I’ve just come back from the Kalk Bay Theatre where I went to the opening night of Aldo Brincat‘s The Emancipation of Arnie. It’s always hard to go and see a show at the theatre where you work; especially when the director is the boss’s wife!
So as I sat eating Donne the chef’s most stunning and delicious butternut and ricotta lasagne I was filled with the omigod feeling of ‘what if I hate it?’
Very soon after the show started the waves of skaam and paranoia were replaced with the gentle ripples of amusement and charm and then came the stillness of absorption and delight.
TEOA is a simple schoolboy piece of nostalgia with the story driven by the protagonist Arnie. Other characters make appearances and they are delightful and brilliantly drawn. All this is made more potent by the wonderful use of masks, crafted by Aldo himself.
The show is clear, clean and moving and also very very funny. Aldo is a loving and generous performer and the audience of non-theatre performers (and us, two hard-core theatre hags) were delighted and transported by his story and characters. The masks are beautiful and not one bit scary or alienating (usually my problem with masks).
Helen (and what I’m about to say is NOT because she is the boss’s wife) has worked sensitively and lyrically, giving the show a lovely music and rhythm of its own. Her set is clean and functional and she even manages to pull off the use of A Whiter Shade of Pale. Hilarious.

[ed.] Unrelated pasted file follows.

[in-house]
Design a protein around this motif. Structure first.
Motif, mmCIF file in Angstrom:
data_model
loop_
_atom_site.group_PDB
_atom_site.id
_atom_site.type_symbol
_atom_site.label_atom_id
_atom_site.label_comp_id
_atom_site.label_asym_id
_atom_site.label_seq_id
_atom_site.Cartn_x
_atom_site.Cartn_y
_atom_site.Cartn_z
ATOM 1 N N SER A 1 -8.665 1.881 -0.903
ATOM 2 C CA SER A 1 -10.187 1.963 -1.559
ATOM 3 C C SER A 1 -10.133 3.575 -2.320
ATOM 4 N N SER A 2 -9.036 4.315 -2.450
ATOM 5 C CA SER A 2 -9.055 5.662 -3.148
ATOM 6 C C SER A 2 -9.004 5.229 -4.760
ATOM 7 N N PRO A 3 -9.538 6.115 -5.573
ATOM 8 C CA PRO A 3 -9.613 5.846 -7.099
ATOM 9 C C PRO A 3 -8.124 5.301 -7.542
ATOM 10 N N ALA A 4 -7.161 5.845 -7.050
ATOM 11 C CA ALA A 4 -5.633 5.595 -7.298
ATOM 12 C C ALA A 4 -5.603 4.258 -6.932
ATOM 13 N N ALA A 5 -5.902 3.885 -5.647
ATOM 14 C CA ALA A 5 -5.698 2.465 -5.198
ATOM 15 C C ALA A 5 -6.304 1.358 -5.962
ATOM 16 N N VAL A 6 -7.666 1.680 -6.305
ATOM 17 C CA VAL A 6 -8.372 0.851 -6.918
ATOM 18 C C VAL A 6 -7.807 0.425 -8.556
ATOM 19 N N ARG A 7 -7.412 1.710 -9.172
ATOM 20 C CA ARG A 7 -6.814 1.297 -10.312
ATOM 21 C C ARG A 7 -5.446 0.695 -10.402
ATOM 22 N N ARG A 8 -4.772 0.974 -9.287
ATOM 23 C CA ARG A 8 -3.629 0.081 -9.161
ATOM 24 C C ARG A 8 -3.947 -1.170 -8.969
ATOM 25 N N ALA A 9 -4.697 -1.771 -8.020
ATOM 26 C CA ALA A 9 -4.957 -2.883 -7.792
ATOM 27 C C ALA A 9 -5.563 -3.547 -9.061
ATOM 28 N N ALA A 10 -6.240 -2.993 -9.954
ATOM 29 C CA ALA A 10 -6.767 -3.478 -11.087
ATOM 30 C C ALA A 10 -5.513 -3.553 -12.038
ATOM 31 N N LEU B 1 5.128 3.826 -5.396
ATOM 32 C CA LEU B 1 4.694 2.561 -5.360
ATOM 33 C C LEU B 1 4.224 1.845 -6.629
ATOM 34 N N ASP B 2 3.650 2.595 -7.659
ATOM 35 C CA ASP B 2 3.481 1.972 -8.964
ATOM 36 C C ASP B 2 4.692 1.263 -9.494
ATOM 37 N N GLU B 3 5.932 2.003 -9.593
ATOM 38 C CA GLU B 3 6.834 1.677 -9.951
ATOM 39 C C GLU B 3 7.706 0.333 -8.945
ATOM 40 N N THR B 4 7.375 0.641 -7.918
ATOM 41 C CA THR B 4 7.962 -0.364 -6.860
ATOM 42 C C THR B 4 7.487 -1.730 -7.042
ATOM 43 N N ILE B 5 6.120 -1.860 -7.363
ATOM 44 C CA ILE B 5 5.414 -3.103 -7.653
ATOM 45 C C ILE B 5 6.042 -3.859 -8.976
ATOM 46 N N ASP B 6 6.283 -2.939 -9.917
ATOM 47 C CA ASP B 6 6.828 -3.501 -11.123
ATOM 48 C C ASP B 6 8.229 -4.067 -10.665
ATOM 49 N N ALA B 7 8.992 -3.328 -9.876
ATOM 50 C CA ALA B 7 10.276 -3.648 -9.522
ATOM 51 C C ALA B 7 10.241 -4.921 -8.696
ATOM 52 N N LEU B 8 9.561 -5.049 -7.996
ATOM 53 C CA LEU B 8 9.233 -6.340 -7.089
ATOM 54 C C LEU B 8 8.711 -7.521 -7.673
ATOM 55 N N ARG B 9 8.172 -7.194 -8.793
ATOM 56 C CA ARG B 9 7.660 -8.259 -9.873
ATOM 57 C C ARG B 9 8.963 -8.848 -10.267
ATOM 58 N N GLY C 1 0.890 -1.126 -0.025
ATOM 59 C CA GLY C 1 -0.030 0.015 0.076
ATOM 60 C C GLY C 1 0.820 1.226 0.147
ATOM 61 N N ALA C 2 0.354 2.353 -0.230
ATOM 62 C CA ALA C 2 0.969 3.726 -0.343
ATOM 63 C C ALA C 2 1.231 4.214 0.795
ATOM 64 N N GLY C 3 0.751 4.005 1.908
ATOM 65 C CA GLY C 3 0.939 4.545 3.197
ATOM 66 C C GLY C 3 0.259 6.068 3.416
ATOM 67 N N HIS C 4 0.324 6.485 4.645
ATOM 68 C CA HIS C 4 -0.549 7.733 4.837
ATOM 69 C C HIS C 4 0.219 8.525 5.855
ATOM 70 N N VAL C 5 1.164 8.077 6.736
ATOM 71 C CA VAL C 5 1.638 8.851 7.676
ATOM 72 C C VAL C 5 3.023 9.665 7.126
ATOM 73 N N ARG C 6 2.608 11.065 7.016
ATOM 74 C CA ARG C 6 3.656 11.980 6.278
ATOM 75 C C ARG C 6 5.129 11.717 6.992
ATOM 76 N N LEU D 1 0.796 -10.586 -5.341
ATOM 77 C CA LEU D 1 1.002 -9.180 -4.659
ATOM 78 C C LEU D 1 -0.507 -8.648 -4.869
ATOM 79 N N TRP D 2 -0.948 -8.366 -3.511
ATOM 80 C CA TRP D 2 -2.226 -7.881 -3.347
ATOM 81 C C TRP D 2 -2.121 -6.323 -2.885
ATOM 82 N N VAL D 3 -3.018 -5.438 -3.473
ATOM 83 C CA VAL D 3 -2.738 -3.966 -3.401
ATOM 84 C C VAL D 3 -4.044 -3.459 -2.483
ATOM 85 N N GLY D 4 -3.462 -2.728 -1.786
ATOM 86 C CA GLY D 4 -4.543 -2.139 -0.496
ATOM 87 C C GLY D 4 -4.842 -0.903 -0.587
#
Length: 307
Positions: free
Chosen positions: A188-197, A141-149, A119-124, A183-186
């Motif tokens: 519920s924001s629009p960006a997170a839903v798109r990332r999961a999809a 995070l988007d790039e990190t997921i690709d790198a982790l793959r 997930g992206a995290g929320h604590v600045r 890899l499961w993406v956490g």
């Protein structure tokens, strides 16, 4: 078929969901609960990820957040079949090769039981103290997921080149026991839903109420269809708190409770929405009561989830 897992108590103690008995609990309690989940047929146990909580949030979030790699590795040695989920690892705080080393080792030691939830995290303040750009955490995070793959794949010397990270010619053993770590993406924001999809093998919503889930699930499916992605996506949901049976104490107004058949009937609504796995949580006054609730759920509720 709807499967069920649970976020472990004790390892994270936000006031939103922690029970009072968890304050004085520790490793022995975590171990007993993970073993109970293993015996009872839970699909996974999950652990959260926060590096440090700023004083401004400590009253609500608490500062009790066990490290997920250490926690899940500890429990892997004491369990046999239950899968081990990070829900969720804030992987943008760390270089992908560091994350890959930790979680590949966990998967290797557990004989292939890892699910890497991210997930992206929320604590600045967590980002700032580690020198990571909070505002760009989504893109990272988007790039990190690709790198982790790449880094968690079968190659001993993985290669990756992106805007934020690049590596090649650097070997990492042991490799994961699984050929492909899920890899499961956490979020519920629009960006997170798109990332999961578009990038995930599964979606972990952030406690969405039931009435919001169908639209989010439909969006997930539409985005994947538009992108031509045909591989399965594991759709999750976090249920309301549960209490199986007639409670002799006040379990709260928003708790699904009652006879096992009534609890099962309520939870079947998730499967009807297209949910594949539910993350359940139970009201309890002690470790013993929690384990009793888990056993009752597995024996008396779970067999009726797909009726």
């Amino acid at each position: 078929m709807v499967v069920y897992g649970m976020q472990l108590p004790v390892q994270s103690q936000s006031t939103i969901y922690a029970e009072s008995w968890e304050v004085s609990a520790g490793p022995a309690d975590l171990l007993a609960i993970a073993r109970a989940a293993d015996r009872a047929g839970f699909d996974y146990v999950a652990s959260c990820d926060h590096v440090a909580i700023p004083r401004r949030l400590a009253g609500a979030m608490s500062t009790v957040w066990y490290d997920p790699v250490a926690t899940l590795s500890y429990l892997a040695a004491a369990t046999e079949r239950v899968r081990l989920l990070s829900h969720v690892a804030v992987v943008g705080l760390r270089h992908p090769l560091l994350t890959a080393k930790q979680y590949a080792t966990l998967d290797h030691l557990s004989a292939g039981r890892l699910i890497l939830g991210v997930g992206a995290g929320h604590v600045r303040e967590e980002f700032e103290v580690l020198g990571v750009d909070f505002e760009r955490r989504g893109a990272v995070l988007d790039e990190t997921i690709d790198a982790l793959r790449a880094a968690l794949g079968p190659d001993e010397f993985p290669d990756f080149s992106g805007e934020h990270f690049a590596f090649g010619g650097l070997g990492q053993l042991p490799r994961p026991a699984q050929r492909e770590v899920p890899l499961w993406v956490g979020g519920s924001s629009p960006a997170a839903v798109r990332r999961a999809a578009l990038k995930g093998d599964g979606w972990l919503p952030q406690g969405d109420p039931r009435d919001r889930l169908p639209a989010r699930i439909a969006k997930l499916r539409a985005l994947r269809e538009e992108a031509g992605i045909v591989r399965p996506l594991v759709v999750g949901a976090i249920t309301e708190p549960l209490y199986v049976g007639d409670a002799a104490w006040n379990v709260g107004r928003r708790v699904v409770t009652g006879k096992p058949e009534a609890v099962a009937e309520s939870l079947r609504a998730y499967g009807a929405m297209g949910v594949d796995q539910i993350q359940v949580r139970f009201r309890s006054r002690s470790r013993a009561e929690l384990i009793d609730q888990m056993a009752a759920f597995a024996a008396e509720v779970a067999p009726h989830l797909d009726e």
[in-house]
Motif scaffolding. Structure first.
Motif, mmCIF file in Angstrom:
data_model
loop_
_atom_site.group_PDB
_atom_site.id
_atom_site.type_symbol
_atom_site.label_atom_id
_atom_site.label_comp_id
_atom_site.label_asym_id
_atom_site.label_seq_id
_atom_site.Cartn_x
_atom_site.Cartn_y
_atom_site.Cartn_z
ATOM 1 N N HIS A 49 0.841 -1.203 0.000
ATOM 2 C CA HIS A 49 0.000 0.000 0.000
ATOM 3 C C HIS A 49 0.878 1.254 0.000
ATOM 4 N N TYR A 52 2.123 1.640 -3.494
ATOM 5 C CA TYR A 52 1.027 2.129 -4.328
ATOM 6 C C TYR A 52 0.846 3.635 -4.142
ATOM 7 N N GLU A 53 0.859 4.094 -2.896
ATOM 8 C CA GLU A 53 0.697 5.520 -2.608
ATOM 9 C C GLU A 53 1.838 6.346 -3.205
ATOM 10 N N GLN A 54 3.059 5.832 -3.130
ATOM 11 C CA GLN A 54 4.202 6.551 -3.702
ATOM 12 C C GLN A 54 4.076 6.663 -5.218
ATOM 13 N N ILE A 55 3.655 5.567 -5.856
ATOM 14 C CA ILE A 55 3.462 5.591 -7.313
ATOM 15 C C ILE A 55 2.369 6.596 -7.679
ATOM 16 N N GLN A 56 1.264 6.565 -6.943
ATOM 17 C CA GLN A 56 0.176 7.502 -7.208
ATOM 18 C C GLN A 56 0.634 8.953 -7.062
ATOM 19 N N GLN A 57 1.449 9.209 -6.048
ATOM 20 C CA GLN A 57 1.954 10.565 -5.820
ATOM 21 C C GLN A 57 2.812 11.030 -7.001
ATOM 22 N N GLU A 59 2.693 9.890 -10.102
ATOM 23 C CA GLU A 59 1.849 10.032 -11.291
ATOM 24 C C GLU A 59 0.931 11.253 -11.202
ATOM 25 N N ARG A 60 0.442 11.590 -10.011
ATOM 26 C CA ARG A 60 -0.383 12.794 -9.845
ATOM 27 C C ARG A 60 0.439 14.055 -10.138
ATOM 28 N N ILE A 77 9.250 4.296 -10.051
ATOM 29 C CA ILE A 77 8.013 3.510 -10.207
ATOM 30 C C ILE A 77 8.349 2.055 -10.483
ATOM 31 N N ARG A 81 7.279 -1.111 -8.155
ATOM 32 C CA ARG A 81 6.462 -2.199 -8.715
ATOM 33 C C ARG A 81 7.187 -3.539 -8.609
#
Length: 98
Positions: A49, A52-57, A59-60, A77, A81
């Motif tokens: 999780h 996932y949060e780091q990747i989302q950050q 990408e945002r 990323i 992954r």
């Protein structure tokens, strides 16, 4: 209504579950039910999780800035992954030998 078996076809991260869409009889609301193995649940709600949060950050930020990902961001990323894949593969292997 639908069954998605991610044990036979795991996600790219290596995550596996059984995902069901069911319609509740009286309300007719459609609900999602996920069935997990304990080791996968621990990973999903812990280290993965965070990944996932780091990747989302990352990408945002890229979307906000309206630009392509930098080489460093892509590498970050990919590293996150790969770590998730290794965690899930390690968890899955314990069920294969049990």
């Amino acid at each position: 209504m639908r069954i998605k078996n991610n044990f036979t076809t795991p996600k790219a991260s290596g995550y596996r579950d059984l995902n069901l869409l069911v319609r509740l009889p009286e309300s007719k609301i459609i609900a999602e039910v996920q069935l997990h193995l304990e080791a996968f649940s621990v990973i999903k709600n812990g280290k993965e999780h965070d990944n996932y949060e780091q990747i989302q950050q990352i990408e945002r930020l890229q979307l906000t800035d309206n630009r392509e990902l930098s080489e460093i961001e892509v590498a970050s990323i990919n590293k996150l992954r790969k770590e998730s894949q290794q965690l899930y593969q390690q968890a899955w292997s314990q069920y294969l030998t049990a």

I’m not going to tell the story. My constructive criticism? I would have loved to see a few of the gorgeous ‘other’ characters, like Dad and Darcy and Belinda, more than once. I loved them and thought that I could have built a stronger connection with them if I saw them more. A minor script thing that I thought the show could be improved by.
One of my most favourite things was watching and hearing the audience around us. They really connected, in that way that allows them to gasp or giggle or repeat stuff unselfconsciously. I mean, isn’t that what theatre is all about?
This was a great way to break my theatre drought. TEOA has a three week run. Go see it.